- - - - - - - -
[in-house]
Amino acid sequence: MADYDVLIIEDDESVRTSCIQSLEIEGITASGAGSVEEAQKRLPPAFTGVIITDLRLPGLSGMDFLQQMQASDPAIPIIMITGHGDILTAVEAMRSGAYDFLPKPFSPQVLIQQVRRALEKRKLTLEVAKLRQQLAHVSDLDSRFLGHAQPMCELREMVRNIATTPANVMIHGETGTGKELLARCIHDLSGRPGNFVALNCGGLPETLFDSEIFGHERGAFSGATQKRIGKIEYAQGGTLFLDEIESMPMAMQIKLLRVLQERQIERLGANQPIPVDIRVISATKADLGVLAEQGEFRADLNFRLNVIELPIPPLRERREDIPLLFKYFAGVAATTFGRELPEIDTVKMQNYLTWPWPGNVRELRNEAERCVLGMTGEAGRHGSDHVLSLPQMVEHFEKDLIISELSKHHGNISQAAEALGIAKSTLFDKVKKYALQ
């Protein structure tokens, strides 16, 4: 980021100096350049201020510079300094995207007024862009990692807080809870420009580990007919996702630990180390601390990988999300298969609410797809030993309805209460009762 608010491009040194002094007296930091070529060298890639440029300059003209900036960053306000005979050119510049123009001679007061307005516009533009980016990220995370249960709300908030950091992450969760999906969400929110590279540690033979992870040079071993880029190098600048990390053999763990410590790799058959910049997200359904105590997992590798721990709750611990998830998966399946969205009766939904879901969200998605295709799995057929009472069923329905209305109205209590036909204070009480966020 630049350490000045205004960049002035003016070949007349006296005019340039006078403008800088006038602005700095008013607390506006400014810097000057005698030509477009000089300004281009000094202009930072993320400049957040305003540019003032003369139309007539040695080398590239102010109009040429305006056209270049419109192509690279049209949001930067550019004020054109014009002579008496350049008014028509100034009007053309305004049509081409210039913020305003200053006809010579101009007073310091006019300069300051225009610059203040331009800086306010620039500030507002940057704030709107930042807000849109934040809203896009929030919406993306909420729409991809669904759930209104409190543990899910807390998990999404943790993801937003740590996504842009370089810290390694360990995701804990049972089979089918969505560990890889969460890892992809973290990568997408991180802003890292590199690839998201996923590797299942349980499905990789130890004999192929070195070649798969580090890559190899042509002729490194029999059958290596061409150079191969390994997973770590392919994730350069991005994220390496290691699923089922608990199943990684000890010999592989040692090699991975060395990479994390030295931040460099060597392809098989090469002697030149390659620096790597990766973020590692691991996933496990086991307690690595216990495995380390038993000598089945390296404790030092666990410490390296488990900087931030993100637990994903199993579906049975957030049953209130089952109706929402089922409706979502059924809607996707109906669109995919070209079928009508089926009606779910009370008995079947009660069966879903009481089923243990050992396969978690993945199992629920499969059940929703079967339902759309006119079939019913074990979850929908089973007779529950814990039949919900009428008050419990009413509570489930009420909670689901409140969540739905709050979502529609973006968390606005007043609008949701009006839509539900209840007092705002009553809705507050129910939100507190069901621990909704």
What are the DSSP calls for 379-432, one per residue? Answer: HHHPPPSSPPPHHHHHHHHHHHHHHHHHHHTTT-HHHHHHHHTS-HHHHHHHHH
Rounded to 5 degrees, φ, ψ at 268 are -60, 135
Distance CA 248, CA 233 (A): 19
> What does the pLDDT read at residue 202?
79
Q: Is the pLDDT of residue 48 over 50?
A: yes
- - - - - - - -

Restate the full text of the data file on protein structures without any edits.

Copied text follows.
[in-house]
Amino acid sequence: MADYDVLIIEDDESVRTSCIQSLEIEGITASGAGSVEEAQKRLPPAFTGVIITDLRLPGLSGMDFLQQMQASDPAIPIIMITGHGDILTAVEAMRSGAYDFLPKPFSPQVLIQQVRRALEKRKLTLEVAKLRQQLAHVSDLDSRFLGHAQPMCELREMVRNIATTPANVMIHGETGTGKELLARCIHDLSGRPGNFVALNCGGLPETLFDSEIFGHERGAFSGATQKRIGKIEYAQGGTLFLDEIESMPMAMQIKLLRVLQERQIERLGANQPIPVDIRVISATKADLGVLAEQGEFRADLNFRLNVIELPIPPLRERREDIPLLFKYFAGVAATTFGRELPEIDTVKMQNYLTWPWPGNVRELRNEAERCVLGMTGEAGRHGSDHVLSLPQMVEHFEKDLIISELSKHHGNISQAAEALGIAKSTLFDKVKKYALQ
């Protein structure tokens, strides 16, 4: 980021100096350049201020510079300094995207007024862009990692807080809870420009580990007919996702630990180390601390990988999300298969609410797809030993309805209460009762 608010491009040194002094007296930091070529060298890639440029300059003209900036960053306000005979050119510049123009001679007061307005516009533009980016990220995370249960709300908030950091992450969760999906969400929110590279540690033979992870040079071993880029190098600048990390053999763990410590790799058959910049997200359904105590997992590798721990709750611990998830998966399946969205009766939904879901969200998605295709799995057929009472069923329905209305109205209590036909204070009480966020 630049350490000045205004960049002035003016070949007349006296005019340039006078403008800088006038602005700095008013607390506006400014810097000057005698030509477009000089300004281009000094202009930072993320400049957040305003540019003032003369139309007539040695080398590239102010109009040429305006056209270049419109192509690279049209949001930067550019004020054109014009002579008496350049008014028509100034009007053309305004049509081409210039913020305003200053006809010579101009007073310091006019300069300051225009610059203040331009800086306010620039500030507002940057704030709107930042807000849109934040809203896009929030919406993306909420729409991809669904759930209104409190543990899910807390998990999404943790993801937003740590996504842009370089810290390694360990995701804990049972089979089918969505560990890889969460890892992809973290990568997408991180802003890292590199690839998201996923590797299942349980499905990789130890004999192929070195070649798969580090890559190899042509002729490194029999059958290596061409150079191969390994997973770590392919994730350069991005994220390496290691699923089922608990199943990684000890010999592989040692090699991975060395990479994390030295931040460099060597392809098989090469002697030149390659620096790597990766973020590692691991996933496990086991307690690595216990495995380390038993000598089945390296404790030092666990410490390296488990900087931030993100637990994903199993579906049975957030049953209130089952109706929402089922409706979502059924809607996707109906669109995919070209079928009508089926009606779910009370008995079947009660069966879903009481089923243990050992396969978690993945199992629920499969059940929703079967339902759309006119079939019913074990979850929908089973007779529950814990039949919900009428008050419990009413509570489930009420909670689901409140969540739905709050979502529609973006968390606005007043609008949701009006839509539900209840007092705002009553809705507050129910939100507190069901621990909704």
What are the DSSP calls for 379-432, one per residue? Answer: HHHPPPSSPPPHHHHHHHHHHHHHHHHHHHTTT-HHHHHHHHTS-HHHHHHHHH
Rounded to 5 degrees, φ, ψ at 268 are -60, 135
Distance CA 248, CA 233 (A): 19
> What does the pLDDT read at residue 202?
79
Q: Is the pLDDT of residue 48 over 50?
A: yes